Damon T. Hewitt
President and Executive Director
Damon T. Hewitt is the President and Executive Director of the Lawyers’ Committee for Civil Rights Under Law. Hewitt has more than 20 years of civil rights litigation and policy experience, including prior leadership roles in the nonprofit, philanthropic, and public sectors. Formerly, as executive vice president at the national Lawyers’ Committee, he coordinated the organization’s strategic, programmatic, and operational efforts to advance the fight for racial justice.
Prior to joining the national Lawyers’ Committee, Hewitt was the inaugural executive director of the Executives’ Alliance for Boys and Men of Color—a philanthropic network of more than three dozen national and local foundation presidents focused on shifting policies, structures, and the false narratives that negatively impact our nation’s sons and brothers. Through his leadership, the Alliance helped incubate, coordinate, and launch more than $200 million in collaborative grantmaking efforts on issues ranging from police accountability to college completion. He was also the chief liaison from the philanthropic community to the White House on policy issues impacting young men of color.
Hewitt previously worked as a Senior Advisor at the Open Society Foundations, where he coordinated special projects, including philanthropic responses to the uprisings following police killings of unarmed Black people in Ferguson, Missouri, and Baltimore, Maryland.
He worked for more than a decade as an attorney at the NAACP Legal Defense and Educational Fund, where he was lead counsel on a variety of litigation and policy matters and supervised teams of lawyers and policy experts. He led the organization’s Education Practice Group and pioneered its efforts to address the School to Prison Pipeline. He also coordinated organization-wide litigation and advocacy efforts in response to Hurricane Katrina, establishing a satellite office in his hometown of New Orleans. In this capacity, he developed advocacy efforts on education, policing, and fair housing. One of his most important cases, Greater New Orleans Fair Housing Action Center v. U.S. Department of Housing and Urban Development, yielded nearly $500M in new relief for Louisiana homeowners.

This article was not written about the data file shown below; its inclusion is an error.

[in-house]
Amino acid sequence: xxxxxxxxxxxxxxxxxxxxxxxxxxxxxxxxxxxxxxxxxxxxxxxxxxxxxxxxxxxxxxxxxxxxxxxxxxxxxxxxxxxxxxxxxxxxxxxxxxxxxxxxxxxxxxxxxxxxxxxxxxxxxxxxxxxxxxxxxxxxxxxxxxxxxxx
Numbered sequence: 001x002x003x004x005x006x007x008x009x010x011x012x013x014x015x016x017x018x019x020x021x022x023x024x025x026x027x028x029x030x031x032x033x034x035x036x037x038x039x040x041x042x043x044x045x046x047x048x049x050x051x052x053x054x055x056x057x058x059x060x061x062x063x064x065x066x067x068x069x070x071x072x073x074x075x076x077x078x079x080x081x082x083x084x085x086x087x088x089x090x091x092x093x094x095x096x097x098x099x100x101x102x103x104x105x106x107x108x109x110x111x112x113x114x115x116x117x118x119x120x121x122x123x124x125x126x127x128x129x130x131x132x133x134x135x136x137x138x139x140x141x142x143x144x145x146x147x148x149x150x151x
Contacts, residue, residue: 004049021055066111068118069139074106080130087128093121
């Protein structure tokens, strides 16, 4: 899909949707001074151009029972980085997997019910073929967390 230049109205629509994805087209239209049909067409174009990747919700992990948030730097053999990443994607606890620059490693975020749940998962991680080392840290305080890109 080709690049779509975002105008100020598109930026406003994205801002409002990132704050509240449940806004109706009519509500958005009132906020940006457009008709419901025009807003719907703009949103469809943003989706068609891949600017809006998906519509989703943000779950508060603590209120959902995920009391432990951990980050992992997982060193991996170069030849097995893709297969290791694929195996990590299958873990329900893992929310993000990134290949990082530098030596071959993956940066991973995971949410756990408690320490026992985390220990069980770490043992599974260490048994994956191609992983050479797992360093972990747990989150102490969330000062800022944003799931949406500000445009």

Hewitt also served as executive director of the New York Task Force on Police-on-Police Shootings, an entity created to analyze police practices after off-duty African American and Latino police officers were killed by fellow officers after being mistaken for “criminal” suspects.
Hewitt is co‐author of a book, The School‐to‐Prison Pipeline: Structuring Legal Reform, and has published numerous law review and mass media articles on issues ranging from school discipline policy and progressive education reform to voting rights and juvenile justice policy. Hewitt holds a B.A. in Political Science from Louisiana State University and a J.D. from the University of Pennsylvania Law School. Following law school, he clerked for the Honorable Eric L. Clay on the U.S. Court of Appeals for the Sixth Circuit. He currently resides in suburban Maryland where he and his partner are raising their three young children to take on the next generation’s racial justice work.